The word “hyperacusis” literally means excess hearing. The name combines the Greek prefix “hyper” means “over,” implying excess or exaggeration with “akousis,” which means hearing and is the root word of “acoustic.”
Hyperacusis is a life-altering hearing condition that causes one to experience loudness intolerance or increased sensitivity to noise. It’s typically a condition that someone is not born with but develops, either gradually or suddenly, as a result of the following causes, per the American Academy of Otolaryngology–Head and Neck Surgery:
- Head injury
- Ear damage from toxins or medication
- Lyme disease
- Air bag deployment
- Viral infections involving the inner ear or facial nerve (Bells palsy)
- Temporomandibular joint (TMJ) syndrome
Hyperacusis affects an estimated one in 50,000 people and can occur either unilaterally (in one ear) or bilaterally (in both ears). Reactions to noise may result in feelings of discomfort, covering ears, tension, anger, anxiety, and pain.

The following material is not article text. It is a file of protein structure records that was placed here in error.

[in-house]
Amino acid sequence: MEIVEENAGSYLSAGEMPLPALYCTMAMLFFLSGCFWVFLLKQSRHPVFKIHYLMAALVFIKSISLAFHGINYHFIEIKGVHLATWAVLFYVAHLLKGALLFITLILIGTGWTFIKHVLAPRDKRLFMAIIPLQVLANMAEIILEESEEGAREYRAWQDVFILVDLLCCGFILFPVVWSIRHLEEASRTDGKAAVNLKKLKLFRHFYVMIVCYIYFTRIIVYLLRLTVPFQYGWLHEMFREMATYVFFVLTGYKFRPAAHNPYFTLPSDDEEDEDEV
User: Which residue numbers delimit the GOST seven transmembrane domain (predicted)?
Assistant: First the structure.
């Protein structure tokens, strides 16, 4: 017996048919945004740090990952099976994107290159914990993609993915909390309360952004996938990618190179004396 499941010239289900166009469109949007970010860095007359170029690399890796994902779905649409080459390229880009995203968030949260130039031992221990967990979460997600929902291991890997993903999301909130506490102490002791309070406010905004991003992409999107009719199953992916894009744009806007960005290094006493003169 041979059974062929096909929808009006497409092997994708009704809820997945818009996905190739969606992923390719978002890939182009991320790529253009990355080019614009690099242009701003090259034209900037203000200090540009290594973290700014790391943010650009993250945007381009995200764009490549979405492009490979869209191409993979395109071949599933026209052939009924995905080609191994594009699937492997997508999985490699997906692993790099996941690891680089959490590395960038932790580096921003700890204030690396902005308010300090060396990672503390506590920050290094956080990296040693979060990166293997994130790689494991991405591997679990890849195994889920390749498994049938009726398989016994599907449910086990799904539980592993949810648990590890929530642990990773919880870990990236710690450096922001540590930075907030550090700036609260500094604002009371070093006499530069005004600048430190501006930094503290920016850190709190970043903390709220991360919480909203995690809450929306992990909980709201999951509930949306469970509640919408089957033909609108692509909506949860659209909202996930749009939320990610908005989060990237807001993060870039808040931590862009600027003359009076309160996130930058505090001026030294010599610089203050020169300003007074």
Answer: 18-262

Those who live with hyperacusis face aversion to everyday sounds at decibel levels that do not bother others, such as: running water, car engines, conversations, kitchen appliances, voices speaking on the telephone, bicycle pedals, crunching leaves, or vacuum cleaners.
Because individuals with hyperacusis are not able to tolerate noises like those listed above, their quality of life is compromised. They experience great difficulty moving about, traveling, and communicating with others. Consequences can include social isolation, anxiety, depression, lack of concentration, and insomnia.
Hyperacusis is distinct from tinnitus (ringing in the ears), but there is a high degree of comorbidity between them. An estimated 86% of hyperacusis patients also have tinnitus and 30–40% of tinnitus patients also show symptoms of hyperacusis. It has been speculated that tinnitus and hyperacusis have a shared etiology or might exist due to the same pathological mechanism.
Sources: American Academy of Otolaryngology–Head and Neck Surgery; Hyperacusis Network; National Health Service; Frontiers in Neurology